1. Thakarius Keyes, CB, Tulane
Thakarius Keyes is a lengthy, 6-foot-1 cornerback coming out of Tulane as a fourth-year senior. The term “hidden gem” gets thrown around a lot, but Keyes is the definition with practically no buzz as of right now.
Part of that may have to do with this being a deep cornerback class and part of it due to the fact that he played for a small school in Tulane.
Keyes mostly lined up on the left side covering the Y-receiver, but he is a fluid athlete capable of covering smaller, quicker guys and should be able to get kicked inside and play the nickel at times as well.
Press-man coverage is Keyes’ greatest strength. His crips footwork and quick hips allow him to shadow receivers through their breaks and his length coupled with solid ball skills allow him to disrupt passes.
One thing he does need to improve upon when it comes to press coverage is his jab at the line. He has the length and size advantage over a lot of receivers and should use it to get them off balance at the start of their route.
Another con to his game is that he is over-aggressive at times when covering downfield. In the college game, the referees give a lot more leeway than they do in the NFL, so this will be a problem if not cleaned up at the next level.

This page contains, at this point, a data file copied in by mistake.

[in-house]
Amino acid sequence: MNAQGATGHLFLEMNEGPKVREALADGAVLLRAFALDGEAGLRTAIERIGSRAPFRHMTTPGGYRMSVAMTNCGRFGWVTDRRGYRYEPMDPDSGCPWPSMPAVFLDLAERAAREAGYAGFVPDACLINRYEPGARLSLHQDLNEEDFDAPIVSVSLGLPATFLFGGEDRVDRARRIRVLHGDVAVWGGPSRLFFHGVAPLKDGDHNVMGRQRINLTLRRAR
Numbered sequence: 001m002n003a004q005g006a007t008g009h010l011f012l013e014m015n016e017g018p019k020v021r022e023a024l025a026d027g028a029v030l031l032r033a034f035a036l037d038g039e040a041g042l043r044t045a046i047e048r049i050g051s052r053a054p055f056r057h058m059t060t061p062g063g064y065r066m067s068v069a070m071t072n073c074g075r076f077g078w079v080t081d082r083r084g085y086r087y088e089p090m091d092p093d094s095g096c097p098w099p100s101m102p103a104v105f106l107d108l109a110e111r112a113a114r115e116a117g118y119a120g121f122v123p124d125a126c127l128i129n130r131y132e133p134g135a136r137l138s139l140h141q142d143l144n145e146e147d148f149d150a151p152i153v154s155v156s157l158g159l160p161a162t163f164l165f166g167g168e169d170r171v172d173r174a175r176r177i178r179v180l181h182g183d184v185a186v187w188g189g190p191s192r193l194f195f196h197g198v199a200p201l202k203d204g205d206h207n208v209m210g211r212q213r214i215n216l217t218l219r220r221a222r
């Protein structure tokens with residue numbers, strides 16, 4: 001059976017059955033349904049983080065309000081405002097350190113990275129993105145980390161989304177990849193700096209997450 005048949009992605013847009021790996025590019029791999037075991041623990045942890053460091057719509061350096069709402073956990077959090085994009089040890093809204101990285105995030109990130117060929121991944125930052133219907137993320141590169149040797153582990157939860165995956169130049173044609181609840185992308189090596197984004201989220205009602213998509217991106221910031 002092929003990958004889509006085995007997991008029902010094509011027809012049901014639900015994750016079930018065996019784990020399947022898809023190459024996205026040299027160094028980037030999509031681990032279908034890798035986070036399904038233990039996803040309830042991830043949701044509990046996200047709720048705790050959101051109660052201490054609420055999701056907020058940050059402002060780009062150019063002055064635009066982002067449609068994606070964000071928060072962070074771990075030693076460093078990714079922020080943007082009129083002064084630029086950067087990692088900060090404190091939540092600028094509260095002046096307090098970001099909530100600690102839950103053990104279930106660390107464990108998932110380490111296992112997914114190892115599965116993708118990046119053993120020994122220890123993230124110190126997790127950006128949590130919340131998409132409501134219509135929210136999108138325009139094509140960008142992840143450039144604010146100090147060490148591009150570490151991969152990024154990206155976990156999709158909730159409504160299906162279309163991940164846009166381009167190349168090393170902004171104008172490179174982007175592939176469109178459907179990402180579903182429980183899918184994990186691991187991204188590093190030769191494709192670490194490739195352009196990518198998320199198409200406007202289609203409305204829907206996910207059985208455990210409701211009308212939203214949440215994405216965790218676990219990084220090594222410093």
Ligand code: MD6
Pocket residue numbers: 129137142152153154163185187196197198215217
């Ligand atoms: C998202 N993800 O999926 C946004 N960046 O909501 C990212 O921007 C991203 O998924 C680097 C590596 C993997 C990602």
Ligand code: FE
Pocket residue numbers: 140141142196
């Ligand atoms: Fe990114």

With the trade of Gareon Conley, it’s clear defensive coordinator Paul Guenther wants cornerbacks who are willing to hit, and Keyes is more than willing. His tackling form is textbook and he doesn’t shy away from contact, though he does need to get better at taking on blocks.
Tulane barely ran any zone looks, so Keyes is untested in that regard. Guenther runs a lot of zone, so that would be another cause for concern. Keyes has closing speed, quick hips, awareness, and can tackle, so there is no reason he shouldn’t be able to perform in a zone at the end of the day.
Thakarius Keyes will be participating in the NFL Combine and with a solid performance there, he may become more of a gem than a “hidden” gem.
NFL Comparison: Sean Murphy-Bunting, CB, Tampa Bay Buccaneers